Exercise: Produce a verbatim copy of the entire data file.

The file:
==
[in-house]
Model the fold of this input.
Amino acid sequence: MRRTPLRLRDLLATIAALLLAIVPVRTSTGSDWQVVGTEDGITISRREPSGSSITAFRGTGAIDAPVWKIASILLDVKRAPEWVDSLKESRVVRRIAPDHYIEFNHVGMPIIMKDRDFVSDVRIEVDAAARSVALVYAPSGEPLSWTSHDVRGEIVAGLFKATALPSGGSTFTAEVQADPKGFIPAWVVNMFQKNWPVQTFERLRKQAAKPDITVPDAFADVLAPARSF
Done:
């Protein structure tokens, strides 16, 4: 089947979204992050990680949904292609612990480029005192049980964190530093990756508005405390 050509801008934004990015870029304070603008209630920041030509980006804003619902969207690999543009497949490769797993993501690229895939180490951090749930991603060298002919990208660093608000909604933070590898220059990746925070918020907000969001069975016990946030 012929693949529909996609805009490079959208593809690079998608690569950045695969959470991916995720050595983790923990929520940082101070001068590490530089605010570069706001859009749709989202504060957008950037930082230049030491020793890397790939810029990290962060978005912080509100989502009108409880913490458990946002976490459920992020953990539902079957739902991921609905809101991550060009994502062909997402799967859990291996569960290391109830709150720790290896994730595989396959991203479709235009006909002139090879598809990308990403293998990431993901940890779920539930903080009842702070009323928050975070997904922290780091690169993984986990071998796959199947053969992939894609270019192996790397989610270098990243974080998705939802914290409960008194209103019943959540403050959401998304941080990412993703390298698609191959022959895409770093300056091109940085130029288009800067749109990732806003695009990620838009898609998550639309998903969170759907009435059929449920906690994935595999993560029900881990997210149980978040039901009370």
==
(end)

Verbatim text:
[in-house]
Model the fold of this input.
Amino acid sequence: MRRTPLRLRDLLATIAALLLAIVPVRTSTGSDWQVVGTEDGITISRREPSGSSITAFRGTGAIDAPVWKIASILLDVKRAPEWVDSLKESRVVRRIAPDHYIEFNHVGMPIIMKDRDFVSDVRIEVDAAARSVALVYAPSGEPLSWTSHDVRGEIVAGLFKATALPSGGSTFTAEVQADPKGFIPAWVVNMFQKNWPVQTFERLRKQAAKPDITVPDAFADVLAPARSF
Done:
């Protein structure tokens, strides 16, 4: 089947979204992050990680949904292609612990480029005192049980964190530093990756508005405390 050509801008934004990015870029304070603008209630920041030509980006804003619902969207690999543009497949490769797993993501690229895939180490951090749930991603060298002919990208660093608000909604933070590898220059990746925070918020907000969001069975016990946030 012929693949529909996609805009490079959208593809690079998608690569950045695969959470991916995720050595983790923990929520940082101070001068590490530089605010570069706001859009749709989202504060957008950037930082230049030491020793890397790939810029990290962060978005912080509100989502009108409880913490458990946002976490459920992020953990539902079957739902991921609905809101991550060009994502062909997402799967859990291996569960290391109830709150720790290896994730595989396959991203479709235009006909002139090879598809990308990403293998990431993901940890779920539930903080009842702070009323928050975070997904922290780091690169993984986990071998796959199947053969992939894609270019192996790397989610270098990243974080998705939802914290409960008194209103019943959540403050959401998304941080990412993703390298698609191959022959895409770093300056091109940085130029288009800067749109990732806003695009990620838009898609998550639309998903969170759907009435059929449920906690994935595999993560029900881990997210149980978040039901009370």